The trade body for dentists said that the industry has been ’blindsided’ due to lack of effective responses from insurers
The British Dental Association (BDA) is taking legal advice on behalf of its members who have had business interruption claims rejected by insurers.
International law firm Brown Rudnick LLP will look at BDA members’ policies as the trade body said that the industry had been “blindsided” by a lack of effective responses from insurers.
Legal advice from the law firm will allow the BDA to report to the FCA, which is at present preparing a high court case to determine the liability of insurers in a range of cases, including one involving Hiscox.
The law firm is now working with grassroots BDA members who have organised on social media to gather relevant evidence on the full range of policies in the sector.
Meanwhile, the government has so far not extended the Business Rates Retail Discount of 100%, currently offered to the leisure and hospitality sectors, to dental practices to ease potentially crippling losses in the sector.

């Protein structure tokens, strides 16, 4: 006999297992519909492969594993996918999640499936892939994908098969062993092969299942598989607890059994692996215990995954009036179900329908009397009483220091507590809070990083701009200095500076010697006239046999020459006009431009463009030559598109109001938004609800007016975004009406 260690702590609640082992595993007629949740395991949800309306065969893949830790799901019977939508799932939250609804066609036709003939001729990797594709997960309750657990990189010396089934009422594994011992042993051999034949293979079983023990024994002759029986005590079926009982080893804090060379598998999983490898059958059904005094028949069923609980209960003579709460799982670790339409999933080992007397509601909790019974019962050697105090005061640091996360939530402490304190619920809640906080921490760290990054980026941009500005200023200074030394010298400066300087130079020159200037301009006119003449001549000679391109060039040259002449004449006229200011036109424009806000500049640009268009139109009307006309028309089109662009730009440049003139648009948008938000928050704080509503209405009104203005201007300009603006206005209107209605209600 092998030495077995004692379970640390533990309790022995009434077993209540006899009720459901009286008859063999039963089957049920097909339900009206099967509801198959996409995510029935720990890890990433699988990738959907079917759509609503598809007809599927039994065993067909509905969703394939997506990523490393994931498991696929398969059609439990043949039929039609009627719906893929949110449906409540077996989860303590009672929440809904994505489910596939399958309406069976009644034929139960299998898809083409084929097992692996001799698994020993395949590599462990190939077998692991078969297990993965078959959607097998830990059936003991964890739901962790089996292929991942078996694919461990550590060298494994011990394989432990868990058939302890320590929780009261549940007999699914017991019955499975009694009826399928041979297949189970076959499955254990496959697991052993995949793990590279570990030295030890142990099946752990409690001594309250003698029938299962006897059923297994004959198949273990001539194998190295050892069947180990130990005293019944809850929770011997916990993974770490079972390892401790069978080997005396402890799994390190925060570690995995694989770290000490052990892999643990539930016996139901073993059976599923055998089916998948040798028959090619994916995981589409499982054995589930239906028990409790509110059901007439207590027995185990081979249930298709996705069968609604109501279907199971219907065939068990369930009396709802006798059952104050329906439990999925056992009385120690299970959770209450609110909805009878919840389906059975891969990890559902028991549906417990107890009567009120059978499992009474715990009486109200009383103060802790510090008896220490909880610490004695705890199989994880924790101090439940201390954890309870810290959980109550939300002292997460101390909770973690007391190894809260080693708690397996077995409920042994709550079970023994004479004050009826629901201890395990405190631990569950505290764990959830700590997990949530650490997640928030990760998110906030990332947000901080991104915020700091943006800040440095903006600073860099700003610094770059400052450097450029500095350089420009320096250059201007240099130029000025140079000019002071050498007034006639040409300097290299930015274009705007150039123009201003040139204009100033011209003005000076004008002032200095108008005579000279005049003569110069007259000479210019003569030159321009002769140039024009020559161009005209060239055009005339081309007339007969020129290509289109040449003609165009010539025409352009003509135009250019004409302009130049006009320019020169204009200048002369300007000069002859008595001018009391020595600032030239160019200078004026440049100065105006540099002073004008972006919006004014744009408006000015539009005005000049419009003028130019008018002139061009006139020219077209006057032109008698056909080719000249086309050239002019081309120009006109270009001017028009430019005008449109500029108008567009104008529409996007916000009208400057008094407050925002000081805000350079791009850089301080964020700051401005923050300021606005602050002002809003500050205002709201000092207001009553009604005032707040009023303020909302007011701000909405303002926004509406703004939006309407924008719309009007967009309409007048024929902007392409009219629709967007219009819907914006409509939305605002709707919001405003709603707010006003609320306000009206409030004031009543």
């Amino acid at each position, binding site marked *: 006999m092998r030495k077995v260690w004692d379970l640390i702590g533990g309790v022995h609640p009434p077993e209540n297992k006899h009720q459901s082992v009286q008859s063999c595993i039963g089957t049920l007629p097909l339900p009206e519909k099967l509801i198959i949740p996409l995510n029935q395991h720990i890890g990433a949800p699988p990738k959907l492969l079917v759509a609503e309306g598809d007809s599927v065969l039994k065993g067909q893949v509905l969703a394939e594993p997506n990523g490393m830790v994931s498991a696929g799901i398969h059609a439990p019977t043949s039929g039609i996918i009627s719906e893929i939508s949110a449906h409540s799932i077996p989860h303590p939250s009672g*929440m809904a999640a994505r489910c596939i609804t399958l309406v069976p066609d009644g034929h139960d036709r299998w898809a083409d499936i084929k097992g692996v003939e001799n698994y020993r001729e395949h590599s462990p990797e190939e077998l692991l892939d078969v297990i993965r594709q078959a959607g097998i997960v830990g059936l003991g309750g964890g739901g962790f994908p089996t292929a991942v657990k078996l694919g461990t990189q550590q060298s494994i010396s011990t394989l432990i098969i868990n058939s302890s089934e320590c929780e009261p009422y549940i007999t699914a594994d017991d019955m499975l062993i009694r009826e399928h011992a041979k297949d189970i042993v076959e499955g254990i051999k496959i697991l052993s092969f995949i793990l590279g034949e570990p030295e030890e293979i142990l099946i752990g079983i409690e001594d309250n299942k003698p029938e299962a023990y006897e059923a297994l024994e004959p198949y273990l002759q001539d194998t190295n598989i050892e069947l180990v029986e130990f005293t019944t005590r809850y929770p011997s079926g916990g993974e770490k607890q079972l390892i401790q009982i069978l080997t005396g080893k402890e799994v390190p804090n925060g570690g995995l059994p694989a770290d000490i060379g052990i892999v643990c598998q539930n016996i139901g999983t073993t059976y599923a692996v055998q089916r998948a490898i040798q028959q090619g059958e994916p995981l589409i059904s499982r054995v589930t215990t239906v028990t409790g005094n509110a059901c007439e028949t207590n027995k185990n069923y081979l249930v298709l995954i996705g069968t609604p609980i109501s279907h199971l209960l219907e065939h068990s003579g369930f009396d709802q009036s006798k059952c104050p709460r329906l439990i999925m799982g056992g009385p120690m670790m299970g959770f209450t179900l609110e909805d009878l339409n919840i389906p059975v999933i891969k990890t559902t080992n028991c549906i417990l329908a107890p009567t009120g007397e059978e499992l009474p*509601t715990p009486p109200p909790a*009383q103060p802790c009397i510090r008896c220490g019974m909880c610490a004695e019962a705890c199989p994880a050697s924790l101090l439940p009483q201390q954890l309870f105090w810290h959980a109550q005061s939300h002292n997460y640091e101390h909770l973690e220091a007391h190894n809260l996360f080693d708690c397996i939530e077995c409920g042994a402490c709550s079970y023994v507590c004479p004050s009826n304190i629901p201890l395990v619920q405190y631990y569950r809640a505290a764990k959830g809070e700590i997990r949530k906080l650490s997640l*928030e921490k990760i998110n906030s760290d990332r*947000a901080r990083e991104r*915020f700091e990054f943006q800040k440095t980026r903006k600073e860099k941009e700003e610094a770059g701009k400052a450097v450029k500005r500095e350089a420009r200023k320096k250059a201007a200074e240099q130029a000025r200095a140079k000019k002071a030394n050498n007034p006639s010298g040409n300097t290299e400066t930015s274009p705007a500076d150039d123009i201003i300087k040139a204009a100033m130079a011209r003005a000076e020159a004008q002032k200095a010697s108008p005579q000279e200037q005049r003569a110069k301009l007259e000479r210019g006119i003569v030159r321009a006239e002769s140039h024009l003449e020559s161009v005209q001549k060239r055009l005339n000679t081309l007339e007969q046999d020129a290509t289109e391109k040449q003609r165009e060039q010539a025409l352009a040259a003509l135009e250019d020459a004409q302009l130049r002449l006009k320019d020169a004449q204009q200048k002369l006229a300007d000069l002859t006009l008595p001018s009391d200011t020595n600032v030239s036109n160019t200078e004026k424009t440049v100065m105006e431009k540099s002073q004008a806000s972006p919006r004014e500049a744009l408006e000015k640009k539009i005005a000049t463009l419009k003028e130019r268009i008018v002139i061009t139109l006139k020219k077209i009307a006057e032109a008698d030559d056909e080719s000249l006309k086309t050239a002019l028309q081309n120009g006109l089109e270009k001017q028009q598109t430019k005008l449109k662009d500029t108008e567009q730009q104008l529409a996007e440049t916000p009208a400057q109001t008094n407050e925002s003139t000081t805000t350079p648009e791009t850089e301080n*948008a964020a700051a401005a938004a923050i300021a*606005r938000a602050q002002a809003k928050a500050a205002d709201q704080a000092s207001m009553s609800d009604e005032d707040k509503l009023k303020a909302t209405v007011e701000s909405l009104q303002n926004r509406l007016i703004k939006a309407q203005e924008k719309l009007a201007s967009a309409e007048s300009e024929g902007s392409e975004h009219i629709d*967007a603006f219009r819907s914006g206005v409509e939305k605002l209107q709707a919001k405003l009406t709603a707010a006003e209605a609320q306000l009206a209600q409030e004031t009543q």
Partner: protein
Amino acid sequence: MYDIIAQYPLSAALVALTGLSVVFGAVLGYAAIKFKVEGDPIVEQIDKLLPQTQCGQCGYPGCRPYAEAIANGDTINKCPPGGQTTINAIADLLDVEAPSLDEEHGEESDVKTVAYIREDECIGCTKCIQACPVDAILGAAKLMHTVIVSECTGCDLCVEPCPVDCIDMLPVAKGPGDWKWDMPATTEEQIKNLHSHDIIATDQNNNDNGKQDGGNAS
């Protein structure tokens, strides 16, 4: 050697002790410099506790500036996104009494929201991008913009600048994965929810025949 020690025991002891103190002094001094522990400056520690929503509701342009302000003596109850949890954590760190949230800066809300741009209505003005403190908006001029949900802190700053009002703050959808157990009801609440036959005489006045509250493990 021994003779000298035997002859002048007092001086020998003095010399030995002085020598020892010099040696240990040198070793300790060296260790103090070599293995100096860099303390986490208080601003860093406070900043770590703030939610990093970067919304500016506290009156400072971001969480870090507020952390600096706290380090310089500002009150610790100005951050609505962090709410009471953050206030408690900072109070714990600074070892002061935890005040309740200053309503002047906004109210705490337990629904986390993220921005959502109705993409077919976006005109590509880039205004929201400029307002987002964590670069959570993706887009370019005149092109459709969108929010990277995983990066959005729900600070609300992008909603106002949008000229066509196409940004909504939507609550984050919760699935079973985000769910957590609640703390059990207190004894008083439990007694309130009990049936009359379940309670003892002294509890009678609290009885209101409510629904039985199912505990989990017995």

BDA board chair, Mick Armstrong said: “Many dentists who took out policies to guard against the unexpected have been left with no support during this pandemic.
“The FCA has begun its own legal process to weigh up policies covering almost every business sector in Britain. However, it is clear this will now take months.”
On the 15 April, the FCA stated that most policies with basis cover would not respond to Covid-19 losses, now it is seeking “legal clarity” on business interruption cover to provide certainty to businesses and insurers.
No passive observer
Armstrong added: “We’re not prepared to be a passive observer and wait on a ‘one-size-fits-all’ court determination that could leave the practices that millions of patients depend on dangerously exposed.
“To that end, we have instructed an experienced international financial services law firm to review the insurance policies bought by dentists across the country from all providers.
“We need to know if there are realistic options to get practices the insurance payments that they desperately need, and that they thought they were signing up to.”
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